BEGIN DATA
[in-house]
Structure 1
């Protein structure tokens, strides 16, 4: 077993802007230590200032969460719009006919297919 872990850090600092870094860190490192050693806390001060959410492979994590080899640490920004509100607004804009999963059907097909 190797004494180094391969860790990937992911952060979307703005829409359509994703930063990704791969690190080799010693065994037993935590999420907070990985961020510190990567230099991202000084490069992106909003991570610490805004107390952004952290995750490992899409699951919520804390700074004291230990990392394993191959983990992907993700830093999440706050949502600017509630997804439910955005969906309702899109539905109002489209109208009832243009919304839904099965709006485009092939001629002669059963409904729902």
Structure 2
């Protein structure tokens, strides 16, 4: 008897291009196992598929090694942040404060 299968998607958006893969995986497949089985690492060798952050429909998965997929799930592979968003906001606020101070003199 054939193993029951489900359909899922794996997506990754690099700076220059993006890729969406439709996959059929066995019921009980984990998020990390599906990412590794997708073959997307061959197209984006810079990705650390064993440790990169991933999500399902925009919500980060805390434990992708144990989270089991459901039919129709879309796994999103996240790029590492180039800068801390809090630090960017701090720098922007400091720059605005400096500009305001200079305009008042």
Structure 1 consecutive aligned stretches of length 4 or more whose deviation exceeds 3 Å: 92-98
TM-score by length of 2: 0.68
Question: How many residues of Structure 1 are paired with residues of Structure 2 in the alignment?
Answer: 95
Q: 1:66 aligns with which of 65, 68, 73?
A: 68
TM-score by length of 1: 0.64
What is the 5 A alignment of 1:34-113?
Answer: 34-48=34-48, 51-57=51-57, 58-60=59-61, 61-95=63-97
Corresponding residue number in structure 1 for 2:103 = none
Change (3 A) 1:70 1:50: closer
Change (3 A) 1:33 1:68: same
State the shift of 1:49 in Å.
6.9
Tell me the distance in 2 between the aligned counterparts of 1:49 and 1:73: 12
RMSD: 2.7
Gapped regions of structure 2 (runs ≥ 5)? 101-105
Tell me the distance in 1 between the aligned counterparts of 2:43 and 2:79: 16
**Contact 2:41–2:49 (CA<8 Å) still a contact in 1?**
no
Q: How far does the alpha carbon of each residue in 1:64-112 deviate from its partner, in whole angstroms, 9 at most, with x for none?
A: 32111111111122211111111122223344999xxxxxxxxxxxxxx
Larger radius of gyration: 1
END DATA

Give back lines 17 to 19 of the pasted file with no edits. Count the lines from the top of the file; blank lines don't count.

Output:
Change (3 A) 1:33 1:68: same
State the shift of 1:49 in Å.
6.9